------------------------------
MEMORY
------------------------------
RAM:  33.6 %
Swap:  6.4 %
------------------------------
NETWORK
------------------------------
MB sent:  2.93382358551
MB received:  17.2131490707
------------------------------
DISKS
------------------------------
/ 

Megabytes total:  13952.484375
Megabytes used:  8542.6640625
Megabytes free:  4678.5703125
Percentage used:  61.2 

/media/calvin/Data 

Megabytes total:  326810.996094
Megabytes used:  57536.953125
Megabytes free:  269274.042969
Percentage used:  17.6 

Hope this helps! Comment if you have any questions.

https://github.com/calthecoder/sysmon-1.0.1

  • While this link may answer the question, it is better to include the essential parts of the answer here and provide the link for reference. Link-only answers can become invalid if the linked page changes. – Ron Jun 14 '15 at 9:38
  • @Ron - Okay, I'll add an edit to my post and show the basic scripting parts of sysmon in a couple of days. Thanks for the advice! – calvin k Jun 15 '15 at 21:01
  • Check out meta.askubuntu.com/questions/13900/…. What did you try, exactly? – muru Jun 19 '15 at 11:45
  • @muru - Nevermind, now it is working. Thanks for the link! – calvin k Jun 20 '15 at 12:18
  • @muru - But, to answer your question, I started the code block with three backticks followed by the language I wanted the syntax to be highlighted in, and ended with three backticks. – calvin k Jun 20 '15 at 12:27
3

Package systat has a tool called sar that does all you want. It can also gather historical data so you can see what happened some time ago.

3

SeaLion can be handy tool as it has built-in commands to monitor your server performance as well as you can add your own custom commands, scirpts and log output. It's very easy to setup and find out what went wrong at specific time.

2

2

I recommend http://conky.sourceforge.net/

Very easy to configure and minimal usage of resources.

  • 1
    Whilst this may theoretically answer the question, it would be preferable to include the essential parts of the answer here, and provide the link for reference. – Warren Hill May 27 '13 at 12:50
2

There is a built-in tool called gnome-system-monitor. It can do all of what you mentioned, except the heat monitoring.

2

Nagios seems to be the most popular and most customizable but I would not choose it for GUI.

Zabbix's open source solution monitors everything you have mentioned as well as provides time-based graphs for performance monitoring.

If you are looking for an even cleaner GUI, check out Zenoss. Zenoss is an open-source, web-based tool, but offers service analytics and root cause analysis with its propriety tool.

2
  1. The free command is the most simple and easy to use command to check memory usage on linux/ubuntu.

    free -m
    
  2. To check memory usage is to read the /proc/meminfo file.

    cat /proc/meminfo
    
  3. The vmstat command with the s option.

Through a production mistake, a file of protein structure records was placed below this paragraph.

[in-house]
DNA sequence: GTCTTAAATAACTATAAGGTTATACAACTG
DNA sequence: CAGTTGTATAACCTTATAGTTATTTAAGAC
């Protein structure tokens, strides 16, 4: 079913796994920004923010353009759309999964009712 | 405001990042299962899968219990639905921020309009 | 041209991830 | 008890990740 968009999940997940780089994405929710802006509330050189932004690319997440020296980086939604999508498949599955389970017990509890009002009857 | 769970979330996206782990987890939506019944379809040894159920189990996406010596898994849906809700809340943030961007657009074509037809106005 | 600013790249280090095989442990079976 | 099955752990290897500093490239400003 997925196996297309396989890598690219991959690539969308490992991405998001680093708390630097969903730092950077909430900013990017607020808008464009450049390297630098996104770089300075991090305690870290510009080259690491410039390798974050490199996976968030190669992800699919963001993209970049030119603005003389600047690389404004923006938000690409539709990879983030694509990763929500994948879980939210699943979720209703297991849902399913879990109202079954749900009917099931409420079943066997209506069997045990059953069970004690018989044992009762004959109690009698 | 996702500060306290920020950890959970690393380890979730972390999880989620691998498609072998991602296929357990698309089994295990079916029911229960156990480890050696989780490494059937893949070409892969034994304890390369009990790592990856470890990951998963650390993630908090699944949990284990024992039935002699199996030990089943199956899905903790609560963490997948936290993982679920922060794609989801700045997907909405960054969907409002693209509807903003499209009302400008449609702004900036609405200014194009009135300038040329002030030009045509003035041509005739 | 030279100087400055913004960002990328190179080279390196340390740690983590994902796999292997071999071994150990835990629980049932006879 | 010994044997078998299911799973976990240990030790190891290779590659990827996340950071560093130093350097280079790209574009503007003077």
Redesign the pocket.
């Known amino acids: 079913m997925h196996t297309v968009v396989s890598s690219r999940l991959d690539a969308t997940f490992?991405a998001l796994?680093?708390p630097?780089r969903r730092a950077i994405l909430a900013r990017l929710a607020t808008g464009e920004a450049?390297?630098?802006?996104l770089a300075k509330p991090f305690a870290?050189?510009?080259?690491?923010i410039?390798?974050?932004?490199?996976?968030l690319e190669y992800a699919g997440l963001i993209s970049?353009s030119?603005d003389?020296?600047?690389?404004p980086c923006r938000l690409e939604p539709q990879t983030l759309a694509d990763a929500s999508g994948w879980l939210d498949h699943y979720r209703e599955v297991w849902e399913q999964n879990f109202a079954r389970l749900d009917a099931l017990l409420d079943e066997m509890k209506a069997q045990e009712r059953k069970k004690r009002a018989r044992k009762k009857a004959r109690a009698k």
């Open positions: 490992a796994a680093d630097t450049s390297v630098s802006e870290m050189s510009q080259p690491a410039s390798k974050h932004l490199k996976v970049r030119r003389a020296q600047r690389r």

vmstat -s
    
  4. The top command is generally used to check memory and cpu usage per process.

    top
    
  5. The htop command also shows memory usage along with various other details.

    htop
    
  6. To find out hardware information about the installed RAM.

    sudo dmidecode -t 17
    
  • 1
    I love htop! Simple and good enough. – Pale Blue Dot May 1 '17 at 14:37
2

I like to use conky which can be configured anyway you like:

enter image description here

You can google conky and find 787,000 hits. There is something for everyone.

At the top of the display notice "Lock screen: 4 Minutes Brightness: 2074". These are generated by "Indicator-Sysmonitor" which allows you to display on the systray / application indicator using a bash script.

For a tutorial on setting up "Indicator-Sysmonitor" see: Can BASH display in systray as application indicator?

1

check the eginnovations Linux monitoring tool - http://www.eginnovations.com/web/linux-server-monitoring.htm

web-based, simple to install and even support Linux virtualization.

1

I think you should take a look at Agentless Monitor from AppPerfect, that covers various aspects of monitoring like JAVA / J2EE application monitoring, server monitoring, database monitoring, transaction monitoring, network monitoring, log monitoring, and system monitoring. It is free and easy to use.

1

In my case, this answer from this link helped me a lot.

Used to be a Windows user? You may want an Ubuntu equivalent of the Windows Task Manager and open it via Ctrl+Alt+Del key combination.

Ubuntu has the built-in utility to monitor or kill system running processes which acts like the “Task Manager”, it’s called System Monitor.

Ctrl+Alt+Del shortcut key by default is used to bring up the log-out dialog on Ubuntu Unity Desktop. It is not useful for users who are used to quick access to the Task Manager.

To change the settings of the key, open Keyboard utility from the Unity Dash (or System Settings -> Keyboard).

On Shortcuts tab -> Custom Shortcuts, click the plus icon to add a shortcut. Type in name Task Manager and command gnome-system-monitor.

help

After it is added, click on where it says “Disable” and press Ctrl+Alt+Delete. You’ll get a dialog said “The shortcut key … is already used for Log Out”, click Reassign and you’re done!